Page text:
Subsystem: Pseudouridine Metabolism

This subsystem's description is:

Pseudouridines are found in virtually all ribosomal RNAs but their function is unknown. There are four to eight times more pseudouridines in eukaryotes than in eubacteria.
Pseudouridine is a nucleoside that is formed post-transcriptionally in RNAs such as tRNAs, ribosomal RNAs, and small RNAs, where it represents one of the main non-classical nucleosides.

Pseudouridine can be used by Escherichia coli as a source of uracil for a strain deficient in pyrimidine synthesis (uridine auxotroph). Pseudouridine was shown to be phosphorylated in E. coli extracts by a kinase to pseudouridine 5'-phosphate, which is hydrolyzed to ribose 5-phosphate and uracil. Neither of these enzymes has been identified earlier, so this Subsystem is based on the resent work of Van Schaftingen's group -See ref.1 -identifying pseudouridine-metabolizing enzymes in E.coli.

The first enzyme, coded by the gene yeiC, specifically phosphorylates pseudouridine to pseudouridine 5'-phosphate. Accordingly, yeiC– mutants are unable to metabolize pseudouridine, in contrast to wild-type E. coli UTI89. The second enzyme, encoded by the gene yeiN belonging to the same operon as yeiC, catalyzes the conversion of pseudouridine 5'-phosphate to uracil and ribose 5-phosphate in a divalent cation-dependent manner. Remarkably, the glycosidic C-C bond of pseudouridine is cleaved in the course of this reaction, indicating that YeiN is the first molecularly identified enzyme able to hydrolyze a glycosidic C-C bond. Though this reaction is easily reversible, the association of YeiN with pseudouridine kinase indicates that it serves physiologically to metabolize pseudouridine 5'-phosphate rather than to form it. YeiN is homologous to Thermotoga maritima IndA, a protein with a new fold, which we now show to act also as a pseudouridine-5'-phosphate glycosidase. Data base mining indicates that most eukaryotes possess homologues of pseudouridine kinase and pseudouridine-5'-phosphate glycosidase and that these are most often associated in a single bifunctional protein. The gene encoding this bifunctional protein is absent from the genomes of man and other mammals, indicating that the capacity for metabolizing pseudouridine has been lost late in evolution.

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DiagramFunctional RolesSubsystem SpreadsheetDescriptionAdditional Notes 

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Hyp1Hyp2YeiMTranspYeiNYeiCRsuAYeiI
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Pseudouridines are found in virtually all ribosomal RNAs but their function is unknown. There are four to eight times more pseudouridines in eukaryotes than in eubacteria.
Pseudouridine is a nucleoside that is formed post-transcriptionally in RNAs such as tRNAs, ribosomal RNAs, and small RNAs, where it represents one of the main non-classical nucleosides.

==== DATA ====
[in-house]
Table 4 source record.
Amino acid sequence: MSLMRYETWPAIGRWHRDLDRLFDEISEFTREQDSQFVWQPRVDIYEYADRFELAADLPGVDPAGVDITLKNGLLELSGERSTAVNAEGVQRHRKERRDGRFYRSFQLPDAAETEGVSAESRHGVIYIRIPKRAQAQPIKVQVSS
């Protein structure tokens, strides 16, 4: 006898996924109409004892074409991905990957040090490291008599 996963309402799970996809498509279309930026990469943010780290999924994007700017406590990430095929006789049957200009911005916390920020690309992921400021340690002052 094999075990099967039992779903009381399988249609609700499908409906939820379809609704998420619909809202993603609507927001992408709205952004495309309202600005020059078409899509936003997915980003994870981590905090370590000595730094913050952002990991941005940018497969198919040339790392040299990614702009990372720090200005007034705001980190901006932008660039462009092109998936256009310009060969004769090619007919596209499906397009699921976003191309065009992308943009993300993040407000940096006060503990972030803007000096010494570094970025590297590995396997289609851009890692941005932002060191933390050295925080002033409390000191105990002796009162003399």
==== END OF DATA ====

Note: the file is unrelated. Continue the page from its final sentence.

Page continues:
Pseudouridine can be used by Escherichia coli as a source of uracil for a strain deficient in pyrimidine synthesis (uridine auxotroph). Pseudouridine was shown to be phosphorylated in E. coli extracts by a kinase to pseudouridine 5'-phosphate, which is hydrolyzed to ribose 5-phosphate and uracil. Neither of these enzymes has been identified earlier, so this Subsystem is based on the resent work of Van Schaftingen's group -See ref.1 -identifying pseudouridine-metabolizing enzymes in E.coli.

The first enzyme, coded by the gene yeiC, specifically phosphorylates pseudouridine to pseudouridine 5'-phosphate. Accordingly, yeiC– mutants are unable to metabolize pseudouridine, in contrast to wild-type E. coli UTI89. The second enzyme, encoded by the gene yeiN belonging to the same operon as yeiC, catalyzes the conversion of pseudouridine 5'-phosphate to uracil and ribose 5-phosphate in a divalent cation-dependent manner. Remarkably, the glycosidic C-C bond of pseudouridine is cleaved in the course of this reaction, indicating that YeiN is the first molecularly identified enzyme able to hydrolyze a glycosidic C-C bond. Though this reaction is easily reversible, the association of YeiN with pseudouridine kinase indicates that it serves physiologically to metabolize pseudouridine 5'-phosphate rather than to form it. YeiN is homologous to Thermotoga maritima IndA, a protein with a new fold, which we now show to act also as a pseudouridine-5'-phosphate glycosidase. Data base mining indicates that most eukaryotes possess homologues of pseudouridine kinase and pseudouridine-5'-phosphate glycosidase and that these are most often associated in a single bifunctional protein. The gene encoding this bifunctional protein is absent from the genomes of man and other mammals, indicating that the capacity for metabolizing pseudouridine has been lost late in evolution.
===REFERENCES:=============

1. Preumont A, Snoussi K, Stroobant V, Collet JF, Van Schaftingen E. Molecular identification of pseudouridine-metabolizing enzymes. J Biol Chem. 2008 Sep 12;283(37):25238-46. PMID: 18591240